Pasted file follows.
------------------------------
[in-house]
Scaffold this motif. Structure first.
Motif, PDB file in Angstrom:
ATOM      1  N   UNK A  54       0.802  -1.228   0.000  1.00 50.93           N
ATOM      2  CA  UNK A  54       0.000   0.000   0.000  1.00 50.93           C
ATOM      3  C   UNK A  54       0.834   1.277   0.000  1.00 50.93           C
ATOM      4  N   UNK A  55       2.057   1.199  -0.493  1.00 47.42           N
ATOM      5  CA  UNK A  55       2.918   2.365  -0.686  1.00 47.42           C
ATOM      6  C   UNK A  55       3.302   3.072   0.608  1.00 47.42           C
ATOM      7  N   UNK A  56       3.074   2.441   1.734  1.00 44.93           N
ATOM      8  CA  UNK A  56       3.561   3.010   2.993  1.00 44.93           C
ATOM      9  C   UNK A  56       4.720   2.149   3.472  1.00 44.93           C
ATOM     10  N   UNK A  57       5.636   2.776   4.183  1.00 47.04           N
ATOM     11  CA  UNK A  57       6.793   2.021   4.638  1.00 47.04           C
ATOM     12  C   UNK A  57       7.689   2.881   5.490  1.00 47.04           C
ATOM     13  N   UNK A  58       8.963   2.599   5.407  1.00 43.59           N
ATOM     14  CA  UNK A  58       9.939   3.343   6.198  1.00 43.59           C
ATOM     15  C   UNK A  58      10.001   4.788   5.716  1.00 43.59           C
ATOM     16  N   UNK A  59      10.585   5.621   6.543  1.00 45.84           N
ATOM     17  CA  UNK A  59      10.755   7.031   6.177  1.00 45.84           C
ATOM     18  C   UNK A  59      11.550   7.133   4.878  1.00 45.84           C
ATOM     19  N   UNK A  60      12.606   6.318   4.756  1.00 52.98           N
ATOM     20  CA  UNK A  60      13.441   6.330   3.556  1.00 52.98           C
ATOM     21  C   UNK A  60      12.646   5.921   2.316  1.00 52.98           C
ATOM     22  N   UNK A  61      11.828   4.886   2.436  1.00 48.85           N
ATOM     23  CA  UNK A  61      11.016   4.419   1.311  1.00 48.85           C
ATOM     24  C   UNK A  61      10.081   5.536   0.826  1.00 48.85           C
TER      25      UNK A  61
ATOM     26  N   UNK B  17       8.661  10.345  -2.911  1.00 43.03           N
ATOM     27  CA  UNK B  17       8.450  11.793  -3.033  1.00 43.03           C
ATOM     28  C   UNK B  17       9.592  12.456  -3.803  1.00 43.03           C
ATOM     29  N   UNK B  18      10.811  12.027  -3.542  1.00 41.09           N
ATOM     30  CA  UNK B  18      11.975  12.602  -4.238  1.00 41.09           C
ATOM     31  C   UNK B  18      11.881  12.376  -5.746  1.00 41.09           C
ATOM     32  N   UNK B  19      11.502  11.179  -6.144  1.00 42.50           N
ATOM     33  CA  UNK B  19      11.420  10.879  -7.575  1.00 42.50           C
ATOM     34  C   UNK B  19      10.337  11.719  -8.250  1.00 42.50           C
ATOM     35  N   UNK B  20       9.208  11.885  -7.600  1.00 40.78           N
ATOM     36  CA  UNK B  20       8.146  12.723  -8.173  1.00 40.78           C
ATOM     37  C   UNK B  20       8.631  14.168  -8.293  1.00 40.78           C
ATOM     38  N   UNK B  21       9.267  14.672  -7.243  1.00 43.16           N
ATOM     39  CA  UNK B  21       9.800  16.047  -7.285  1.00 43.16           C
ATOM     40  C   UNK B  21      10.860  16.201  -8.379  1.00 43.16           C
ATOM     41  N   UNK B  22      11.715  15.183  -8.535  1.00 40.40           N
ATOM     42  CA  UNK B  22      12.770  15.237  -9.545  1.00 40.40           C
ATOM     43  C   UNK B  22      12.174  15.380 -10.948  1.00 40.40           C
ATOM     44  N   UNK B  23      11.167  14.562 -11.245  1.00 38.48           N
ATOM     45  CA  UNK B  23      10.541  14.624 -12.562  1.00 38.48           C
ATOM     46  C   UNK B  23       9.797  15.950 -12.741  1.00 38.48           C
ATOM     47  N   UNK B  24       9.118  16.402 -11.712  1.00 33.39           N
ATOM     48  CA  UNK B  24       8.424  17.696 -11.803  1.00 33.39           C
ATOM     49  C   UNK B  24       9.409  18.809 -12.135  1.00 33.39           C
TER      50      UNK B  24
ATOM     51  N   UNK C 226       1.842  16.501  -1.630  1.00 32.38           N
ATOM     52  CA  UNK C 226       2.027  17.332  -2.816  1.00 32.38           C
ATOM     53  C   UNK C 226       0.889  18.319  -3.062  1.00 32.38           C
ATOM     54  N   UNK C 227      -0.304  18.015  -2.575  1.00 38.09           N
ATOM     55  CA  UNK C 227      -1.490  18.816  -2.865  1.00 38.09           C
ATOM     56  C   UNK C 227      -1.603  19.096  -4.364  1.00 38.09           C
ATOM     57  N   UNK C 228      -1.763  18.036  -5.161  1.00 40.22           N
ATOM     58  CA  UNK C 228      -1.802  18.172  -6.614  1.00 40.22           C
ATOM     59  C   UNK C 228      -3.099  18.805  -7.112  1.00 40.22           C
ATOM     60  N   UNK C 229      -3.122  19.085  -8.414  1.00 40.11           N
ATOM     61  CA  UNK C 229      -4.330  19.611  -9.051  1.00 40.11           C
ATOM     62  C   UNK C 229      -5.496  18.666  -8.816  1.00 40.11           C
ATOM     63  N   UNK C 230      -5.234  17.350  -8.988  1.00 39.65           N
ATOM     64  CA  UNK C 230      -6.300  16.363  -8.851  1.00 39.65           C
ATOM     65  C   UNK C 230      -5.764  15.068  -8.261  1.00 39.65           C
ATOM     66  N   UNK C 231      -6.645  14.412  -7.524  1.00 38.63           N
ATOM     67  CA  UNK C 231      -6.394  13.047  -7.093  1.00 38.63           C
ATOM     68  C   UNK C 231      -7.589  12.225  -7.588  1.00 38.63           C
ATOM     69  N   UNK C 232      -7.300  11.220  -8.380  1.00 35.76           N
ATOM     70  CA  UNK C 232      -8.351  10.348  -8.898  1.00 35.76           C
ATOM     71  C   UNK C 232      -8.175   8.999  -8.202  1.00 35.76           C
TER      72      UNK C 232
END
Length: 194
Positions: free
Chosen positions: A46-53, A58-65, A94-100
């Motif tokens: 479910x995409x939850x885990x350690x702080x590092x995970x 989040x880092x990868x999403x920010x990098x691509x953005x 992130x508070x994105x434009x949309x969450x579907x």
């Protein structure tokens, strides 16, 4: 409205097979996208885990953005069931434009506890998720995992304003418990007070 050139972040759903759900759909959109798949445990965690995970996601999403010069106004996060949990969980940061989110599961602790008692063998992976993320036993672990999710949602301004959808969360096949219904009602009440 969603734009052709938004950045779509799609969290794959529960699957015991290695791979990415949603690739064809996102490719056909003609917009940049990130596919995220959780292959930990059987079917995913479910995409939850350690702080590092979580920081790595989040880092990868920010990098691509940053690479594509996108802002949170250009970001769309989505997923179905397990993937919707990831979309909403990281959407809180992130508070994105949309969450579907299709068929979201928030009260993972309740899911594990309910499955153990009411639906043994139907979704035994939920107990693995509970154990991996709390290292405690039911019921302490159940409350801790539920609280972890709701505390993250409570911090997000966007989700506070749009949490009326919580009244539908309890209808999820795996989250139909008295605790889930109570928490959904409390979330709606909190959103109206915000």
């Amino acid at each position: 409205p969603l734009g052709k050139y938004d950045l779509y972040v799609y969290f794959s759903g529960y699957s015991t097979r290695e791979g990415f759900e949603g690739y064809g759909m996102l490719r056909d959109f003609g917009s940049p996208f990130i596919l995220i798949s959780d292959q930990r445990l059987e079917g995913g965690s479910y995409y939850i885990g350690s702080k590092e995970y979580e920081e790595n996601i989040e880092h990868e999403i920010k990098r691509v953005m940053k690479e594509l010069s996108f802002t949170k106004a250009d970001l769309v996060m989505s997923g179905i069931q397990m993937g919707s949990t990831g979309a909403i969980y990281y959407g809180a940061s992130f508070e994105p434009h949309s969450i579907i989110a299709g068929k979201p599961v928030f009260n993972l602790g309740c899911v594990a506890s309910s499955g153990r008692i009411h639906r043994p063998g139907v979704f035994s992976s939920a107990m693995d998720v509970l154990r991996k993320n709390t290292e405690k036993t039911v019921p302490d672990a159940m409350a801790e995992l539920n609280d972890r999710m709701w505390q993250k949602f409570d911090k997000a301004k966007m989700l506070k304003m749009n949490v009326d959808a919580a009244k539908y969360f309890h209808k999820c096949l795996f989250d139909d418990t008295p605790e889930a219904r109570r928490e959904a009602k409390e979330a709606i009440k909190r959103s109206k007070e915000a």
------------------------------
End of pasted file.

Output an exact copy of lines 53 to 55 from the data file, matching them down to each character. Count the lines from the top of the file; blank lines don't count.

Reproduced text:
TER      50      UNK B  24
ATOM     51  N   UNK C 226       1.842  16.501  -1.630  1.00 32.38           N
ATOM     52  CA  UNK C 226       2.027  17.332  -2.816  1.00 32.38           C